Yesterday I had a rather disappointing experience with Apple. After pleading that I was a small business startup that really didn’t have the money to outlay on new equipment, the Mac technical support couldn’t help me with my iCloud configuration on my 4-year old Mac and suggested I make do with what I had until I could afford a new one. Patronising. Degrading even. And a nice slap in the face for being loyal. I’ve used a mac since they came out, for work and personal use, had a .mac account since MobileMe started and purchased iPods, iPhones, Apple TV and countless accessories. Couldn’t go back to PC if I tried. Loyalist. Love the brand. Love the products. Love the user experience. Love the customer experience in-store.
Then it started a few weeks ago, when iCloud went down, one week without emails for a small business isn’t really viable. But a lovely lady in customer service did everything she could to get me back online, helping me to redirect emails to another account in the meantime. When my phone, iCloud and mail weren’t talking to each other, she helped fix the problem. And when I lost some of my sent emails, she tirelessly followed through. For 3 weeks. A best practice example of problem resolution – every time asking for the details on the problem, then advising what she would do, how long it would take, arranging a time to call me back that would suit me, actually calling me back at that time with the update etc etc etc. Until with my final problem, she had to pass me onto another part of the business. The young fellow who basically told me to suck it up until I had enough disposable income to spend his way.
I refused for the problem to be unresolvable, it seemed so simple. So I let my fingers do the walking on trusty google and lo-and-behold, there was the solution online. Guided by google, I fixed for myself what one of my lovemarks (ref: Saatchi & Saatchi) couldn’t. Or wouldn’t.
The worst of the experience was not being slapped in the face by the young customer service fellow, but now the questions that are going through my mind about my loyalty towards the Apple brand – do they just want my money, do they really care about my custom, are they so big now that they’re resting on their laurels, or is this guy just the bad apple in the barrel? Apple is renowned for delivering a consistently positive brand experience across all their touch-points, aligning their external and internal brands, so the people reflect the same values and behaviours as the products, the stores, the advertising. Up until now, the people in the stores have been consistently outstanding, whether in Sydney, Singapore or London; and the lady in iCloud tech support infallible. Is one really disappointing experience enough to mar my perception of the brand for life and inspire me to seek an alternative? Will it just temper my love for the brand into impartiality? Or will I get over it as soon as the sun is shining and I’m happily jogging along the water in the fresh spring air, accompanied by my favourite iTunes (iPhone on silent!)?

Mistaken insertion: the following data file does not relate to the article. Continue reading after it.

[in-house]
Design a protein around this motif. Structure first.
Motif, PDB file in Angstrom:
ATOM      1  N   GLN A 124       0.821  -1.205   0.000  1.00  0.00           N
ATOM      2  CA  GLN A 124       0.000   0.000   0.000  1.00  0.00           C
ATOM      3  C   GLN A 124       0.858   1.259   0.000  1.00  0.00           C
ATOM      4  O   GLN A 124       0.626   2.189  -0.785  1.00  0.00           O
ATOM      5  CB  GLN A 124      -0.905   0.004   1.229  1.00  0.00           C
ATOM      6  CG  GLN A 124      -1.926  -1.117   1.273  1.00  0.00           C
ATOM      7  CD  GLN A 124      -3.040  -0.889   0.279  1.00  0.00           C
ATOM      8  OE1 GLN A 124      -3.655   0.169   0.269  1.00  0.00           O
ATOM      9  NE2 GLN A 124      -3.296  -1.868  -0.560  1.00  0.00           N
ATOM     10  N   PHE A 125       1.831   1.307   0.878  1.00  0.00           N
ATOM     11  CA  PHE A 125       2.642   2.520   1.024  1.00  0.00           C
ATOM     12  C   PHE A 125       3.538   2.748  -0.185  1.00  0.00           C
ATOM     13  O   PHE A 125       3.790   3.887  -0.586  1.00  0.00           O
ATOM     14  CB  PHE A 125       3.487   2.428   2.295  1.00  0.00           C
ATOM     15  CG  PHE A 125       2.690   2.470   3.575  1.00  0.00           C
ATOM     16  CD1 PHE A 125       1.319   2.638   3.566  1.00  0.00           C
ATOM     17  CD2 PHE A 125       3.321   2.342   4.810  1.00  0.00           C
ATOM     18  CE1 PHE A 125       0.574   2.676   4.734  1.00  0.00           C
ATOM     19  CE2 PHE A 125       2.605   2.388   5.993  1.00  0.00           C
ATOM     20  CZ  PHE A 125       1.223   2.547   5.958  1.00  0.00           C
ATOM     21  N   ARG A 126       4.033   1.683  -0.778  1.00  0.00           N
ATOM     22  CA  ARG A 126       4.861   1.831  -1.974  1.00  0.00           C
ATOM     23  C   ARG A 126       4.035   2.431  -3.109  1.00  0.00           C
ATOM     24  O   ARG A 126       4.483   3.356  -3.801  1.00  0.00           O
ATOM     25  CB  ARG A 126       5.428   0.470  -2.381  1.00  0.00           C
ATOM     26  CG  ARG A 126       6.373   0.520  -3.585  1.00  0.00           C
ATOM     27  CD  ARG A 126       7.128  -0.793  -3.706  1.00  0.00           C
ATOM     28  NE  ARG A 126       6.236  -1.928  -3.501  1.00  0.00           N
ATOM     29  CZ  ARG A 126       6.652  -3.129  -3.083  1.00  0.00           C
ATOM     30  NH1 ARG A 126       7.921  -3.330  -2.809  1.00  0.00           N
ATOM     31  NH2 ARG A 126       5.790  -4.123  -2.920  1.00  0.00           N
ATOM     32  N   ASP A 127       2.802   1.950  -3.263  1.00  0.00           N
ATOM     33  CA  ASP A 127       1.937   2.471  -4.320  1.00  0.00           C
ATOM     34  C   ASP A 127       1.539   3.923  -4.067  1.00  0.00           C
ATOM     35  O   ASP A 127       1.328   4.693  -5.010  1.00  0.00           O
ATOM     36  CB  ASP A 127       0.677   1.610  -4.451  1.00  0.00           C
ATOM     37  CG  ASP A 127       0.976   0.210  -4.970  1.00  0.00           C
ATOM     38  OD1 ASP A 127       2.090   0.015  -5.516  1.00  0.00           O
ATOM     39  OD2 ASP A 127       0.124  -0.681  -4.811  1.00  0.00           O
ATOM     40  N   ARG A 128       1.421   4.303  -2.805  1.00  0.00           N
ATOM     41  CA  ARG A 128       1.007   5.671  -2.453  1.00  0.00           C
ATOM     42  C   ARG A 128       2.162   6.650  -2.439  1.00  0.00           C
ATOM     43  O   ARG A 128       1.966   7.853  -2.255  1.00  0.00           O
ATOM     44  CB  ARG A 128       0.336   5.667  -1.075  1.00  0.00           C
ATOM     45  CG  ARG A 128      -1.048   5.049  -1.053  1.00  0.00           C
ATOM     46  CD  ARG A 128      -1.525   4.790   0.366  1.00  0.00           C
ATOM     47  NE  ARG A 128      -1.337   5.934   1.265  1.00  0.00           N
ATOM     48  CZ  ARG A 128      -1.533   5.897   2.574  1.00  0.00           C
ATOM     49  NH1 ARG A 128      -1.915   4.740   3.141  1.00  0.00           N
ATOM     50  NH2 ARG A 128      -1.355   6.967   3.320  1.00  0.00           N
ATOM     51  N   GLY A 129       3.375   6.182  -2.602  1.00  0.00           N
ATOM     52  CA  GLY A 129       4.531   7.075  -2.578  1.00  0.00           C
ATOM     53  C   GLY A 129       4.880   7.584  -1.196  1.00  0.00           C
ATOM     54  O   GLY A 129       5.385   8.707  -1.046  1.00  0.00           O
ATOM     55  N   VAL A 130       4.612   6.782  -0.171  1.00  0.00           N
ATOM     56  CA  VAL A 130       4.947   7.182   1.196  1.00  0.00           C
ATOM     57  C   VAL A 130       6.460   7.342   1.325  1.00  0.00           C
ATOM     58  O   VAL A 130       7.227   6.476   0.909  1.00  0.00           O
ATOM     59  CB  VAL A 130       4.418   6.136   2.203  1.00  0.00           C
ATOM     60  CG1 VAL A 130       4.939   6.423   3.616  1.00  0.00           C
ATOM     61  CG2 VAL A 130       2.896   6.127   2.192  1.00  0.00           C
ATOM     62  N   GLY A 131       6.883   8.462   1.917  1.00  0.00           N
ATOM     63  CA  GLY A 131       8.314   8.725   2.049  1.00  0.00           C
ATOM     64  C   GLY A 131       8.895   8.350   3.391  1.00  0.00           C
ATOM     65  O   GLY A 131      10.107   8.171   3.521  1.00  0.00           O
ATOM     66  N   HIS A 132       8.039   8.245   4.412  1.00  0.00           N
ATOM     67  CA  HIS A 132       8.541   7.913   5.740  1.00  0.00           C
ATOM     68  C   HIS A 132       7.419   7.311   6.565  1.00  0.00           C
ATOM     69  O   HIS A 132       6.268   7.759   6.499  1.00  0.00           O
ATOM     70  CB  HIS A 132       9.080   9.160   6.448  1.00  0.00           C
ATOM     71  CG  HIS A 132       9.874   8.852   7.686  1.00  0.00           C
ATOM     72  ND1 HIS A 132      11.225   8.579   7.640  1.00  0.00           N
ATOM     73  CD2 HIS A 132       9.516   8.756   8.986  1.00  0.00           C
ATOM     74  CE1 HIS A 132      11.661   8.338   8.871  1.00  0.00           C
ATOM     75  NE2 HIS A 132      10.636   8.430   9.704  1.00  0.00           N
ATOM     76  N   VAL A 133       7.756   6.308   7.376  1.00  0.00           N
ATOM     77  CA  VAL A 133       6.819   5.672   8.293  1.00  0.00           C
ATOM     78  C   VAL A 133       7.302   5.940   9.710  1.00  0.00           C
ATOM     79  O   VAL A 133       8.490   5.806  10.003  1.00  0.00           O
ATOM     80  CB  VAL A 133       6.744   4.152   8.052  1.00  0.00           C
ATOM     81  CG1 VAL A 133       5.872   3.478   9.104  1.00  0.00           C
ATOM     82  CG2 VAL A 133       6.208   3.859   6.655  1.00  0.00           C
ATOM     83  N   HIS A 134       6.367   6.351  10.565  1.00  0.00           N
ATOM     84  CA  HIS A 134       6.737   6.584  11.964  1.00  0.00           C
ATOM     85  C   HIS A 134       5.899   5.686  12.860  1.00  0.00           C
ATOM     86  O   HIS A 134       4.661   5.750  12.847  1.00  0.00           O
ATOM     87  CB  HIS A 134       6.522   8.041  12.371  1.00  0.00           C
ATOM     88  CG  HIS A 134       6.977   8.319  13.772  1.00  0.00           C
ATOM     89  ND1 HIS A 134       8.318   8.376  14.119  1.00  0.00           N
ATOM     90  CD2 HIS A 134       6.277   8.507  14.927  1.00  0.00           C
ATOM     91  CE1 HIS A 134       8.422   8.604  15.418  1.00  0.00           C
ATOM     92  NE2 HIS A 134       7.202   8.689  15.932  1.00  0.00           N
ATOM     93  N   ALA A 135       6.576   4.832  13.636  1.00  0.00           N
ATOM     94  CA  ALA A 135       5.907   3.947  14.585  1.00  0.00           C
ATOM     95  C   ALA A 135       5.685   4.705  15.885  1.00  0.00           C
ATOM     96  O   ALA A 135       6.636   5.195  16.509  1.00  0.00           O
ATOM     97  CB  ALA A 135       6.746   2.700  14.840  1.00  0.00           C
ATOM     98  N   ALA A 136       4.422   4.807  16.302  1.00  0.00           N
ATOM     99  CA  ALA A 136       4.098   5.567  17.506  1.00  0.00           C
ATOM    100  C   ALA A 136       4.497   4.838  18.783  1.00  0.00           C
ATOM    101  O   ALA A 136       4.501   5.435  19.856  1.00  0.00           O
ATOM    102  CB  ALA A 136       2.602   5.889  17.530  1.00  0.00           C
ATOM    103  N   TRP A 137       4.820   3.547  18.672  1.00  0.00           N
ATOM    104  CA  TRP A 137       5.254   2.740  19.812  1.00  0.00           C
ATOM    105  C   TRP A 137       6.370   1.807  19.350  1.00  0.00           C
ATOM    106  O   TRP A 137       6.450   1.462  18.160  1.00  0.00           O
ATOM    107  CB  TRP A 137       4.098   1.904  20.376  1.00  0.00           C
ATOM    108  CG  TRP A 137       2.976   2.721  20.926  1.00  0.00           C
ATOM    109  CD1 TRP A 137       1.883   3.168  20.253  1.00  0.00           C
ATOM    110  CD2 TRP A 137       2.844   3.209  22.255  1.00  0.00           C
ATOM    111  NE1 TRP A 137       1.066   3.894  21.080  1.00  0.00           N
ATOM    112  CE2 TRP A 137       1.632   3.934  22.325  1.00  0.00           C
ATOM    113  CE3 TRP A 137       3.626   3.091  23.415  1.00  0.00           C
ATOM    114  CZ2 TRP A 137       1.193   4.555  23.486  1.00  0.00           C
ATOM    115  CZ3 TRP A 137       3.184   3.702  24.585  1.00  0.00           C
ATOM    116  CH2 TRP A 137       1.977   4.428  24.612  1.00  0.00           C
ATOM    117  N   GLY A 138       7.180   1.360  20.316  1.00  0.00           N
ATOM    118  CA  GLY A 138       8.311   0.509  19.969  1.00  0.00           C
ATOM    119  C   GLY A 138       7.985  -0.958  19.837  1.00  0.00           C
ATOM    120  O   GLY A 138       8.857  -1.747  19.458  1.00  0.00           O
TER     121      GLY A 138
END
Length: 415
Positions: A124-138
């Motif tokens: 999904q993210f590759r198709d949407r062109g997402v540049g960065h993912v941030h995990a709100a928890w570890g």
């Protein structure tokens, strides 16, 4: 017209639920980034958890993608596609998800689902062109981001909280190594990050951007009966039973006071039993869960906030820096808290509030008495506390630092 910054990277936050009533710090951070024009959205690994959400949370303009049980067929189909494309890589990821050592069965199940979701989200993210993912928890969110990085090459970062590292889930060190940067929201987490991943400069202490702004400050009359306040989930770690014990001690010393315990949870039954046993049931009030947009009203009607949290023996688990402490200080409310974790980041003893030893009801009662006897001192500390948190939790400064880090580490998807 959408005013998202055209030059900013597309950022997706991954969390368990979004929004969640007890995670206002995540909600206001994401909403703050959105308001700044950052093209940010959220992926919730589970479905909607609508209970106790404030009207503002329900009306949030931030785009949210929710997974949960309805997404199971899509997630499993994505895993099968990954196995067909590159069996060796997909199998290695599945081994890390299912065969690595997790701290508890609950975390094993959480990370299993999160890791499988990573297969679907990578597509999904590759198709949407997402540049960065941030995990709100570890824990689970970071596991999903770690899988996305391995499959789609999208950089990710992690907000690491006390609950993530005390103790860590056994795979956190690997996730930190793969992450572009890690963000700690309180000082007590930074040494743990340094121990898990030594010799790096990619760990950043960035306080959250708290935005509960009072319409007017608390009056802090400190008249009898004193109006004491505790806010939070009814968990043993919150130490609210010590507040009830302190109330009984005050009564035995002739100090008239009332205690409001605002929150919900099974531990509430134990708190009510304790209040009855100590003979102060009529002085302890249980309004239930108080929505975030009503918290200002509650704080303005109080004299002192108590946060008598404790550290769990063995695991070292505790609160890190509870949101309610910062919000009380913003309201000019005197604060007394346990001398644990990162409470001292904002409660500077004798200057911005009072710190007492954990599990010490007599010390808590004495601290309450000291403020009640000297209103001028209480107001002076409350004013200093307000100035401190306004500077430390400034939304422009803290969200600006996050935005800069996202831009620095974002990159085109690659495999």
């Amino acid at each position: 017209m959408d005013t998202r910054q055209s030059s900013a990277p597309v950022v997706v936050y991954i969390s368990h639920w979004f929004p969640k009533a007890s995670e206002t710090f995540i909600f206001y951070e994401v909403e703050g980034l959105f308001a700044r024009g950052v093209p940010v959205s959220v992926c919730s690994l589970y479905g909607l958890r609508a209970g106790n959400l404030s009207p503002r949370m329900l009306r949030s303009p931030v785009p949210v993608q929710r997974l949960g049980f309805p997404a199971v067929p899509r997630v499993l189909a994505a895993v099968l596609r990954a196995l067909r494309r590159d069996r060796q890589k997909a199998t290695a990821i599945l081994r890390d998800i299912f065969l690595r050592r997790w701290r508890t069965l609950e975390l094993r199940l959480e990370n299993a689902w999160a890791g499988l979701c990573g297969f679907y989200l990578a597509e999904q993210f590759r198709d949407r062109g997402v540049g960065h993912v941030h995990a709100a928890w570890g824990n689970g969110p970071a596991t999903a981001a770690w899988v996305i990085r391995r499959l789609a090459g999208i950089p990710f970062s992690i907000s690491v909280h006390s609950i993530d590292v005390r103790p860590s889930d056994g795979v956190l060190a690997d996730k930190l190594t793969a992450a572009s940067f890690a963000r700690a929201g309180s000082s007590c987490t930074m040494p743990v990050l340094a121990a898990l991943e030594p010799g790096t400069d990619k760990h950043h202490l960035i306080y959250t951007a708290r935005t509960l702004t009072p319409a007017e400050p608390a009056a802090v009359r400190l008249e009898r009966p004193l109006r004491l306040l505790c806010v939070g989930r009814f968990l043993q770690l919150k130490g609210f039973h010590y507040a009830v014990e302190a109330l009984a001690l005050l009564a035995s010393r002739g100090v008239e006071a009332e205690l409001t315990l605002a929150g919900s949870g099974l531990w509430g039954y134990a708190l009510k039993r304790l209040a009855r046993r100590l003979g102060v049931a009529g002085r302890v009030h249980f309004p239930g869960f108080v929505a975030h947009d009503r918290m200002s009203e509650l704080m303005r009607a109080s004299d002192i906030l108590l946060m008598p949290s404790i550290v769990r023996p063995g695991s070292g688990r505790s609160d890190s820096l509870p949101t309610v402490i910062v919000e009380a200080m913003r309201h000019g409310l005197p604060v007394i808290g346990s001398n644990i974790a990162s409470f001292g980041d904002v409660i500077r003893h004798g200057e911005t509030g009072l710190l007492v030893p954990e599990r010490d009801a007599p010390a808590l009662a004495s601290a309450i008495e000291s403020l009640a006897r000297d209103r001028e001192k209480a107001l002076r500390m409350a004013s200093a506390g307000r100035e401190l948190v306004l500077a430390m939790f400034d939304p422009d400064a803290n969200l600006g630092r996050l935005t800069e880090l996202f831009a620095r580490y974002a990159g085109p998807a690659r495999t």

For now, I’m waiting to see what happens. I let the lovely iCloud lady know about my bad experience and thanked her for her excellence, in an email that she assures me is being passed onto her supervisor. Nothing yet.
As a brand and business, having a customer question whether or not they’re valued, is not a healthy situation to be in. And yet, Apple is one of the healthiest brands around. Lesson learnt: Aligning internal and external brands is not a one-off thing. It needs to be pulled through all of your processes and constantly reinforced with your people to consistently deliver your promised brand experience across all of your touch-points. But it shouldn’t be a chore.
Internal communications on brand engagement and pulling the brand experience through to people’s objectives, capabilities and performance development criteria are effective ways to support this.
I’m a fan of the real and tangible, action and interaction, bringing the brand to life for your people, engaging them in the brand like you do your customers. Regularly running fun, unique, interactive workshops – brand experience, customer immersions, competitor war-rooms, trend and parallel market perspectives – to induct the newbies, remind the oldies, address issues and find solutions and even uncover a refreshing new idea or two. Motivating your people, getting them excited by, involved in, owning and living the brand. Wrap this up as a programme with best practice case studies and awards, and keep it going throughout the year, and from year to year.
There’s really nothing better than seeing your people excited by the brand and generating ideas about how to apply it to their everyday jobs (that’s when you know your customers will love it too). I just think we sometimes forget that, like everything else, work can become passive and routine. So taking a bit of time out (and budget) to reinvigorate the brand through your people regularly should be prioritised – to keep your people, brand and business consistently delivering with energy and vitality. That’s healthy.